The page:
Poor nutritional status in patients with head and neck squamous cell carcinoma (HNSCC) is associated with tumor progression and survival. This study examined the prognostic value of nutritional and hematological markers in patients with HNSCC who received definitive treatments.
A prospective observational cohort study.
This study included 338 consecutive patients who underwent surgery and/or radiotherapy/chemoradiotherapy for treatment-naïve HNSCC. Body weight and nutritional and hematological parameters were regularly measured before and after treatment. Univariate and multivariate analyses using Cox proportional hazards models were performed to identify factors associated with disease-free survival (DFS), cancer-specific survival (CSS), and overall survival (OS).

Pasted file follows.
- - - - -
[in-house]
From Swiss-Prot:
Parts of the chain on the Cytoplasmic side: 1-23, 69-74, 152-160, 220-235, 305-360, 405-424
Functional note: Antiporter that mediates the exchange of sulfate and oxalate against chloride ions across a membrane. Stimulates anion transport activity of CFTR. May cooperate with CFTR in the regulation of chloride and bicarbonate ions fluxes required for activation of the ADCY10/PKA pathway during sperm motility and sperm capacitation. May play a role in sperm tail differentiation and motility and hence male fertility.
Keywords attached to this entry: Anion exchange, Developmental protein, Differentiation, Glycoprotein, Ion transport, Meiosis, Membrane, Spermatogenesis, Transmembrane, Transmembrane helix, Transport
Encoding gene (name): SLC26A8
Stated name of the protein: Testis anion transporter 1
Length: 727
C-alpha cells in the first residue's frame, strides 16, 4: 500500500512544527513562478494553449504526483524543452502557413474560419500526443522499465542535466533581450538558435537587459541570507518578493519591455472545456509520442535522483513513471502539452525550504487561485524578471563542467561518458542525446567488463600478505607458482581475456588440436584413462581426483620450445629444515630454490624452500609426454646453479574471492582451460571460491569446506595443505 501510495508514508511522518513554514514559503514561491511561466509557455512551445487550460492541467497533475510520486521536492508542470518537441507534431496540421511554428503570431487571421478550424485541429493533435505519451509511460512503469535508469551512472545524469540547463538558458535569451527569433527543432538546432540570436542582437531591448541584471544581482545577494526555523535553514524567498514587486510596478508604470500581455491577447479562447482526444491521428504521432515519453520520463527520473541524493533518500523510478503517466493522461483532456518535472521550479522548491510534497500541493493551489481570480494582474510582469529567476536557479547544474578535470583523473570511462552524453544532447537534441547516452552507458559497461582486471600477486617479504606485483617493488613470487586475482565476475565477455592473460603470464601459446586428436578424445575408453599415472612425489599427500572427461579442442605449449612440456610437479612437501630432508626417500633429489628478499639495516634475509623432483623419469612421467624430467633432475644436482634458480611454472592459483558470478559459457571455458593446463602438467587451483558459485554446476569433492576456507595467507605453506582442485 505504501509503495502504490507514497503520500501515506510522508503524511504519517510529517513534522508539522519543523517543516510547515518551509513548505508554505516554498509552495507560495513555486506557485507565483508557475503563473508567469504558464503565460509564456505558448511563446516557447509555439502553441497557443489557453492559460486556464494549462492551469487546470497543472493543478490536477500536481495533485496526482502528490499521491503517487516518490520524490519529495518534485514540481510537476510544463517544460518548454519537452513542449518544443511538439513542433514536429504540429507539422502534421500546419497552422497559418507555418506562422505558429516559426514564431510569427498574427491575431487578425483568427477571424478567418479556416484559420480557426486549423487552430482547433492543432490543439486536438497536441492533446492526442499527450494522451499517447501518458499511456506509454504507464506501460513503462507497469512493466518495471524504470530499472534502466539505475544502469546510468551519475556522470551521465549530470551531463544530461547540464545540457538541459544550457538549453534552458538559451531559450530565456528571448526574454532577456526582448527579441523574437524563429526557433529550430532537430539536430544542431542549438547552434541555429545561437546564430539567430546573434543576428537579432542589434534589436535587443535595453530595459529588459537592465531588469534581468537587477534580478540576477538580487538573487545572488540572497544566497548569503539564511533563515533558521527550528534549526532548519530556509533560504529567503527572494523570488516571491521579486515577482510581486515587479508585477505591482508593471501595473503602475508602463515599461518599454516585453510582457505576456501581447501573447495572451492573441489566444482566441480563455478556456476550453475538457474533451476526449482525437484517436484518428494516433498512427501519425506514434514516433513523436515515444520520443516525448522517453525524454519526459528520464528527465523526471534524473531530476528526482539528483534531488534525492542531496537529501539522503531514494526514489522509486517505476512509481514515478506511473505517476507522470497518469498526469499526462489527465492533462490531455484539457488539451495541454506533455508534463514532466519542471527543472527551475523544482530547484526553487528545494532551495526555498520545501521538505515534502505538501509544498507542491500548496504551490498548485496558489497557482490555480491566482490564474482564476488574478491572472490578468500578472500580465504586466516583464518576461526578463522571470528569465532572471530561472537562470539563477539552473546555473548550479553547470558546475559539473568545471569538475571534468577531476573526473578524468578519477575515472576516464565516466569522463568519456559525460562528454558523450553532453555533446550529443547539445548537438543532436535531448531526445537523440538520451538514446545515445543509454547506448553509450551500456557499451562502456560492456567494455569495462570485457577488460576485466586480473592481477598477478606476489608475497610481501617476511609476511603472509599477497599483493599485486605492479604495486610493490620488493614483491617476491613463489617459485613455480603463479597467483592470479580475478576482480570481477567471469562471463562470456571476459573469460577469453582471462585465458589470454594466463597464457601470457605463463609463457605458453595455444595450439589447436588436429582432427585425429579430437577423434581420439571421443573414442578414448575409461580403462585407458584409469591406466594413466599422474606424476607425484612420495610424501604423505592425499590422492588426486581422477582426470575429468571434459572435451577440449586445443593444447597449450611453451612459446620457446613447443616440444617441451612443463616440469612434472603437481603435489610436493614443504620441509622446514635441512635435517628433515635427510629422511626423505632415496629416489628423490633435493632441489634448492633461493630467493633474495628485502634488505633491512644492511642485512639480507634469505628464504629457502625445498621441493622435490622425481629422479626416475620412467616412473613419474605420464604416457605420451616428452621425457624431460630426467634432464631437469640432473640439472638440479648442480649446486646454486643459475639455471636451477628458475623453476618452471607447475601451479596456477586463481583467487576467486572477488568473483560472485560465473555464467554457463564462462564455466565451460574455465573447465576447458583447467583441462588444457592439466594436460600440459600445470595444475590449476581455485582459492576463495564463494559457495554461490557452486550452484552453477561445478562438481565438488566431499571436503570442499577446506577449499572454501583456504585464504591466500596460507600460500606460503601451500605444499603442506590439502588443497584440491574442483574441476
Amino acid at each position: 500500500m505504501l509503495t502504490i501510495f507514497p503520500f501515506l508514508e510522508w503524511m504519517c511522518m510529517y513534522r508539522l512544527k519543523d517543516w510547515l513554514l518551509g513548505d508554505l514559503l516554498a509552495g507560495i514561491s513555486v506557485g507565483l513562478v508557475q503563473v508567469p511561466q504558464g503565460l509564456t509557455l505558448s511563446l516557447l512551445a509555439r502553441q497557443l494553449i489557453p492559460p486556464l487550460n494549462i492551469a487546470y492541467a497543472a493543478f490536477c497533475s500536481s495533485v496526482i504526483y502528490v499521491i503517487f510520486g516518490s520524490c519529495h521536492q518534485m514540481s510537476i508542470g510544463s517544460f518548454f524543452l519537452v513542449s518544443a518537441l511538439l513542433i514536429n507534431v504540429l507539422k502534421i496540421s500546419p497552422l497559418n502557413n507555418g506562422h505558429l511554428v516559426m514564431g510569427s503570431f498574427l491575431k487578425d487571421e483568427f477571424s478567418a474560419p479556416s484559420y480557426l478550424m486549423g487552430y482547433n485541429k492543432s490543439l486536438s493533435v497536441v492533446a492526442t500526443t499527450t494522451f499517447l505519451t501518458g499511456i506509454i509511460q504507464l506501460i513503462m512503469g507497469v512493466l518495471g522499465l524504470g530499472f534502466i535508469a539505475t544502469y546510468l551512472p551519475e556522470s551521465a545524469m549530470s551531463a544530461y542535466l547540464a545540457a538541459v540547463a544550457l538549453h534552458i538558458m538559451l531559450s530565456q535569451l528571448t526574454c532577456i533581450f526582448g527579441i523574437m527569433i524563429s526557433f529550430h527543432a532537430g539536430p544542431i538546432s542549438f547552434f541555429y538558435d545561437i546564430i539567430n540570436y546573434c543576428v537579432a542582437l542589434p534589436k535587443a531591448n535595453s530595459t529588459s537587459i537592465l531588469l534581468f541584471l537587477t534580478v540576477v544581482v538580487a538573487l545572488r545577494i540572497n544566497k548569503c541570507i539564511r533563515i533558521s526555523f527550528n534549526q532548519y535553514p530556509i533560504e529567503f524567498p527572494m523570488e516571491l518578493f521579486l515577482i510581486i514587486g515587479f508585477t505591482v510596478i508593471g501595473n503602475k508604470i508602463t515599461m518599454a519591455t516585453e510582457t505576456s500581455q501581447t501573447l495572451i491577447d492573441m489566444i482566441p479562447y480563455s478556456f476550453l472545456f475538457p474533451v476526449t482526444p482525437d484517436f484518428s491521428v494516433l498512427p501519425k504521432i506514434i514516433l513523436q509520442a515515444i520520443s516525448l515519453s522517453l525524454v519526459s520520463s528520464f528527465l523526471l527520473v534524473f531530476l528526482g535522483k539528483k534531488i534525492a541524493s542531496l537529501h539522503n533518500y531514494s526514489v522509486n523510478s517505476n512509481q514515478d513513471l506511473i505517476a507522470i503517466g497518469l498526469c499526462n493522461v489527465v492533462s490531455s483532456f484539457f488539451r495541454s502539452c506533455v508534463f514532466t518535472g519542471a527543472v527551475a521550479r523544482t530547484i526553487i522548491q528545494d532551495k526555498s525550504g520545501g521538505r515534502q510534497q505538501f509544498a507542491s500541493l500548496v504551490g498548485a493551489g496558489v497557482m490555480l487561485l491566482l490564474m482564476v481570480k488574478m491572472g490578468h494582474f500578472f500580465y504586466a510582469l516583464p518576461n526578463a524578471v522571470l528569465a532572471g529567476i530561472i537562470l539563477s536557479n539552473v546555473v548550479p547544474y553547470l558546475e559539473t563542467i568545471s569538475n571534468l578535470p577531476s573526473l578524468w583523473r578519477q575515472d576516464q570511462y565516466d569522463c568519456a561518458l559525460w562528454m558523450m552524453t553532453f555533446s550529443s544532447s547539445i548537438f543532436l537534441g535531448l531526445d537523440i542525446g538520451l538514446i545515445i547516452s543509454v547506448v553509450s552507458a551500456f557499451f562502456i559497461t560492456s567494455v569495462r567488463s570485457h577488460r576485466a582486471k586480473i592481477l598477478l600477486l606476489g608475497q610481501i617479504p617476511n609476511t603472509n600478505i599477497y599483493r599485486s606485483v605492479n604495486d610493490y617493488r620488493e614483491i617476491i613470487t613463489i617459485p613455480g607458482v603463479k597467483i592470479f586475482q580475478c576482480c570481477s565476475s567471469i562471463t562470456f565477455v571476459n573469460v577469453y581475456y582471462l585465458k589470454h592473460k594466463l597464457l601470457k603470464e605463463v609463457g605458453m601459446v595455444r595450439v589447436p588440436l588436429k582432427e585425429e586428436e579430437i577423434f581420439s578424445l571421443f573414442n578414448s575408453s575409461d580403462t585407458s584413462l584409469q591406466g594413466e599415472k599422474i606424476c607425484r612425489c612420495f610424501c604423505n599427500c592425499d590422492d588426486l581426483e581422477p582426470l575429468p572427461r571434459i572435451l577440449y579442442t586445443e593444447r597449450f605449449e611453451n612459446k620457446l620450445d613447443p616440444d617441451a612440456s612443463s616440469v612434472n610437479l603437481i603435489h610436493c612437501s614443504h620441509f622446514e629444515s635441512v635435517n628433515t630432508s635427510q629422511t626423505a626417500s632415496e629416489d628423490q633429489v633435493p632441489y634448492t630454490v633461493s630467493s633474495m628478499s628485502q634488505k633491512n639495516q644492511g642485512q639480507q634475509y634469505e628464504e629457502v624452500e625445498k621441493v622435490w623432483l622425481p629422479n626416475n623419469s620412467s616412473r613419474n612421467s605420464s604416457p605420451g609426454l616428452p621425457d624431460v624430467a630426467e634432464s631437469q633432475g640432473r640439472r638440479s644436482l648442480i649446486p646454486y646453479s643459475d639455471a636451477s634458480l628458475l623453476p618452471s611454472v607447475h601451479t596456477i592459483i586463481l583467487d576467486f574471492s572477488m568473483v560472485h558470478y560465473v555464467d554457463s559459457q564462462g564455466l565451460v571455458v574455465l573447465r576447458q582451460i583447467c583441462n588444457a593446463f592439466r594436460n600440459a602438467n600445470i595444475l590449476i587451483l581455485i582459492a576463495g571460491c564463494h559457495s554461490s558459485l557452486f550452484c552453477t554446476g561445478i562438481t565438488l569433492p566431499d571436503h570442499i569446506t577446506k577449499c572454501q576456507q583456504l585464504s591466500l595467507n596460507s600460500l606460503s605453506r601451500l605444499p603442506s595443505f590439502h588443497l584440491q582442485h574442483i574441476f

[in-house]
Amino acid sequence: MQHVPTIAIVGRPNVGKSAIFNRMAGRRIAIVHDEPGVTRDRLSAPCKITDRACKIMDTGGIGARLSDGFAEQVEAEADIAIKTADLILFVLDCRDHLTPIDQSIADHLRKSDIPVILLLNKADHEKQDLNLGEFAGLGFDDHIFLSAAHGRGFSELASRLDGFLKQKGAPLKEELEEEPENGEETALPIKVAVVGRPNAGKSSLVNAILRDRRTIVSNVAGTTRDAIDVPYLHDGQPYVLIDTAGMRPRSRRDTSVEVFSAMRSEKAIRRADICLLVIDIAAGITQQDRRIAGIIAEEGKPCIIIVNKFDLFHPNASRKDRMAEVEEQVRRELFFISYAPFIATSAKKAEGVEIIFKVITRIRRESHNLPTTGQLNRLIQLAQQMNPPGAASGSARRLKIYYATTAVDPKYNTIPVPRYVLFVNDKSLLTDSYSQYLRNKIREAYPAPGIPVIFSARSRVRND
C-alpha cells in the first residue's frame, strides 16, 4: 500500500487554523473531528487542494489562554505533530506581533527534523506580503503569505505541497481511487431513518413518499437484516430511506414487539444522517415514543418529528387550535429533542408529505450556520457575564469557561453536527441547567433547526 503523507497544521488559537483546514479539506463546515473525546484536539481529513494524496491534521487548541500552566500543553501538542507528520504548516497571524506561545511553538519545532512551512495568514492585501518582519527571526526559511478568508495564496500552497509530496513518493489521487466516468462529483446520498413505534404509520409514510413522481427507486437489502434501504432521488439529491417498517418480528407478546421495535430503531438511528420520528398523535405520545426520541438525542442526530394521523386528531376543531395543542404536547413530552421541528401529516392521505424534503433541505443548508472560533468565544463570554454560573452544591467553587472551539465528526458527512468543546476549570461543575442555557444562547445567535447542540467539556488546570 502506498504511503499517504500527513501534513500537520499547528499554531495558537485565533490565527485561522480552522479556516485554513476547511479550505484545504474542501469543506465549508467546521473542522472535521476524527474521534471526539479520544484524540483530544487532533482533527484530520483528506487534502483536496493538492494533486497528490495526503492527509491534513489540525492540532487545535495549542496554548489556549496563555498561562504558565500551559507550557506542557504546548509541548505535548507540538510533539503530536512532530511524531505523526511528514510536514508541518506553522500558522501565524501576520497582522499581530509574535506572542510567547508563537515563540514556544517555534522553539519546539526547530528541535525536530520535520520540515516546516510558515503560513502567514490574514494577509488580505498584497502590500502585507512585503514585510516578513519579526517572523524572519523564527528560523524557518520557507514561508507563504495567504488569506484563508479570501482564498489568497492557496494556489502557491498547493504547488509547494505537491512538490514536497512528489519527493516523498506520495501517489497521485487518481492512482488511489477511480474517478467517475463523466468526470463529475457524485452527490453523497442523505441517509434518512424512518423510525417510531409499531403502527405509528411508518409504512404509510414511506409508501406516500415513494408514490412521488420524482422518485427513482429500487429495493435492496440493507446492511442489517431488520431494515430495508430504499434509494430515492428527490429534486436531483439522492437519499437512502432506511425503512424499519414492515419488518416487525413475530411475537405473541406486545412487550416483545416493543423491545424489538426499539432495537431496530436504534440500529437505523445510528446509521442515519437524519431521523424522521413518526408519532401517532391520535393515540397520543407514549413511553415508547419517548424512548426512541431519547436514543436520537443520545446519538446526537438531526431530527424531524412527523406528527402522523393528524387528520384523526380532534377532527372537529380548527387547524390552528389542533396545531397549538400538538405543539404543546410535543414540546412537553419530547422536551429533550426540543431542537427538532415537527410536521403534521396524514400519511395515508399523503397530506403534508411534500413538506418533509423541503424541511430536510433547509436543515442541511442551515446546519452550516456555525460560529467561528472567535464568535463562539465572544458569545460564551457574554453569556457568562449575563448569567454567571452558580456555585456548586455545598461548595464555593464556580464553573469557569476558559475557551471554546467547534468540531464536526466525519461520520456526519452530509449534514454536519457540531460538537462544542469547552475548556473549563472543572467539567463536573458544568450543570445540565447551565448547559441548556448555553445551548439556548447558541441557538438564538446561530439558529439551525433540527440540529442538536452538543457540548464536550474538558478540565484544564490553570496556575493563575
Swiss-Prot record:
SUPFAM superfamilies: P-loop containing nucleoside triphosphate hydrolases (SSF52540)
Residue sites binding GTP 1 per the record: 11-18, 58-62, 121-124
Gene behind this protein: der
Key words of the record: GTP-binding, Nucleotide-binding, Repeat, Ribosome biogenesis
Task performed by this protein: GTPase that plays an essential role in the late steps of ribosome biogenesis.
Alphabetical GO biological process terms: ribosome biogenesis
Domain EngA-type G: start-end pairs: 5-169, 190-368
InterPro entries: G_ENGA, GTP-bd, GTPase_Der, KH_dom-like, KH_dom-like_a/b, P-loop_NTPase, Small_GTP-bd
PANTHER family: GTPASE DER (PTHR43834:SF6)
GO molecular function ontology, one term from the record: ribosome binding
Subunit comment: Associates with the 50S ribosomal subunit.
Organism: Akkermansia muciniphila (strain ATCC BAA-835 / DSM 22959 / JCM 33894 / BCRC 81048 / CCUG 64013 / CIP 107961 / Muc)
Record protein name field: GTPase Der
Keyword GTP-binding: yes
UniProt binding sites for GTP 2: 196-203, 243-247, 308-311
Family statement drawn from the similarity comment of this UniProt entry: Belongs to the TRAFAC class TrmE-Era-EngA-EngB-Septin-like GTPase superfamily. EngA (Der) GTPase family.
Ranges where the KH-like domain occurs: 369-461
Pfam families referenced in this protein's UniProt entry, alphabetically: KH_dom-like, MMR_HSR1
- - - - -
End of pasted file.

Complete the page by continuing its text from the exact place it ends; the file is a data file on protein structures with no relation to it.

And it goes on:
Body weight, serum total protein and albumin levels, and hematological variables significantly decreased after treatment. Univariate analyses illustrated that age, tumor site, T and N classifications, overall stage, pretreatment serum albumin (<3.5 g/dL) and hemoglobin (<12 g/dL) levels, and neutrophil-lymphocyte ratio were significantly associated with DFS, CSS, and OS (all P < .05). Multivariate analyses identified age, tumor site, N classification, and pretreatment albumin levels as independent predictors of DFS, CSS, and OS (all P < .05). Patients with low serum albumin levels prior to treatment experienced approximately sixfold increases in the risks of tumor progression and cancer-specific and overall mortality compared to the findings in their counterparts.
Our results suggest that pretreatment serum albumin levels predict DFS, CSS, and OS in patients who received definitive treatment for HNSCC. These findings might help to predict treatment outcome and guide nutritional intervention in patients with HNSCC.
Level of Evidence
2b Laryngoscope, 2017